Tan's THE SINGING BONES Seduces Readers with Compelling Imagery and Stories

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Shaun Tan has simultaneously mesmerized and confounded readers with his surreal fables like TALES FROM OUTER SUBURBIA and THE ARRIVAL. His use of imagery and text -- and sometimes complete absence of text -- deliver artistic works of bizarre elegance.

Thus it is with THE SINGING BONES, a collection of snippets from the Grimm Fairy Tales juxtaposed with photos of sculpture created and photographed by Tan. With every turn of the page, readers are treated to a compelling passage of a fairy tale -- hardly ever the whole story but enough of it to feel as though you've experienced something important -- placed in parallel with an illustrative photograph that supports the passage in a way that is perfectly grotesque and stunningly beautiful.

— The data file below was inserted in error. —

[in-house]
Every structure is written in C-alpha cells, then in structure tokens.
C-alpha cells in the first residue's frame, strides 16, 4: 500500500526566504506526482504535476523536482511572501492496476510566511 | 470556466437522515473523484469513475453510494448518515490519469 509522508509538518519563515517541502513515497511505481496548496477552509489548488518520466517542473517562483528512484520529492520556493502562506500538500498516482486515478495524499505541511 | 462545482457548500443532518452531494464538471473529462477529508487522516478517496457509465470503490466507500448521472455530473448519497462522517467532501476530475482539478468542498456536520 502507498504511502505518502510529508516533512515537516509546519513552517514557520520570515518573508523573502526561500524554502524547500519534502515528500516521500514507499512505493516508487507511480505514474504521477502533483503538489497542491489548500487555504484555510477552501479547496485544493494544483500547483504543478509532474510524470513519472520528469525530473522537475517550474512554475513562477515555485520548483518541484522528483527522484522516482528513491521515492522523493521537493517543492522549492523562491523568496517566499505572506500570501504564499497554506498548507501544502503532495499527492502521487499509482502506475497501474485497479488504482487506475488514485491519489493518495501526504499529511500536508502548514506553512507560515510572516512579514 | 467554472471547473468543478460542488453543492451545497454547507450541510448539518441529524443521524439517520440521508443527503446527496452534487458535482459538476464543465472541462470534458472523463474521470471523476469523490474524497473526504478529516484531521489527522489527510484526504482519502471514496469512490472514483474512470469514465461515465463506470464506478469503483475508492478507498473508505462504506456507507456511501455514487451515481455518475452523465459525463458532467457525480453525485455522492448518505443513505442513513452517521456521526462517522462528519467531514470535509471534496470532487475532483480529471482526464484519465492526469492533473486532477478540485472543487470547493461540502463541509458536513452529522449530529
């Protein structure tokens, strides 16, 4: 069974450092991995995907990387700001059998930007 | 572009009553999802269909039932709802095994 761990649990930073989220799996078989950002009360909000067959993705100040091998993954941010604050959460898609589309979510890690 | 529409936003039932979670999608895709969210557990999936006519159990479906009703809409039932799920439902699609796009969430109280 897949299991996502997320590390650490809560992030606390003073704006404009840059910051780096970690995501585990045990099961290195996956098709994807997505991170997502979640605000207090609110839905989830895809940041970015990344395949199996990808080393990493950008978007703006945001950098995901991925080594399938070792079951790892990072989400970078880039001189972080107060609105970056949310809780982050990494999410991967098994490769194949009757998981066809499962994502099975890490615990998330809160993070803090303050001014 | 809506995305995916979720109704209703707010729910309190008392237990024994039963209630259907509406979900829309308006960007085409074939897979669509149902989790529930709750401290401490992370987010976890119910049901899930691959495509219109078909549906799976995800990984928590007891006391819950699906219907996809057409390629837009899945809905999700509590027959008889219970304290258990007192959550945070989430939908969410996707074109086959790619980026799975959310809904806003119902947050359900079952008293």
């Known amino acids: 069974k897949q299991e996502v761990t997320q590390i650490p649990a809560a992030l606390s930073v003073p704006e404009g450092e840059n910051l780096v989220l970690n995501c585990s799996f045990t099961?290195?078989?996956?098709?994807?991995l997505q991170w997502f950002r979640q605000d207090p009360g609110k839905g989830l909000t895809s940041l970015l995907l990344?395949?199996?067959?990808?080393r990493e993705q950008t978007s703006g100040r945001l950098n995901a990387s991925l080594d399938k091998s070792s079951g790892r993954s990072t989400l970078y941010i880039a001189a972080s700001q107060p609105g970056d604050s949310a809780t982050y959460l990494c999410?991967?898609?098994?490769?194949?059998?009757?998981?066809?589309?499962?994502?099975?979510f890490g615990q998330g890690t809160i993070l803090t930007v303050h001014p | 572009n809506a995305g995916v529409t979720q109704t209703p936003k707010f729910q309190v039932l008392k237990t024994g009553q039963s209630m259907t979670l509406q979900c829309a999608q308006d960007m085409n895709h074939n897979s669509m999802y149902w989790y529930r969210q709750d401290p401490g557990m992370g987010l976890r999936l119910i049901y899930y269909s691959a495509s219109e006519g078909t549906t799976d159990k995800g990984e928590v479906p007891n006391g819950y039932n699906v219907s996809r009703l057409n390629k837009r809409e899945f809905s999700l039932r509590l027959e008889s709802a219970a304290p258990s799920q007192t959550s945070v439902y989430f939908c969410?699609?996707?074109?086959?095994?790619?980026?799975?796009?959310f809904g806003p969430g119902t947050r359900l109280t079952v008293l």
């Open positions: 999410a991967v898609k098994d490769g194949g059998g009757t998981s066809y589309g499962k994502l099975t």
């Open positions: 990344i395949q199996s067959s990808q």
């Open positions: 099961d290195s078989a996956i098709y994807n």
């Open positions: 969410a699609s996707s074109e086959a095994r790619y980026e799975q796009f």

THE SINGING BONES contains two introductions -- one by Jack Zipes on the Brothers Grimm and their tales, and one by master storyteller Neil Gaiman on the elusive and futile attempts to illustrate fairy tale and how Tan, through the use of his abstracts, has overcome that particular barrier so creatively.

Tan himself ends the book talking about his folk art inspirations and materials used for the sculptures, and the book concludes with an index of the fairy tales alluded to throughout the book, with a condensed summary of each.

On the whole, THE SINGING BONES has a seductive gravity, pulling in even the most casual browser in such a way that several stories will have found a new home in their heads before they realize it has happened.

5.0 / 5.0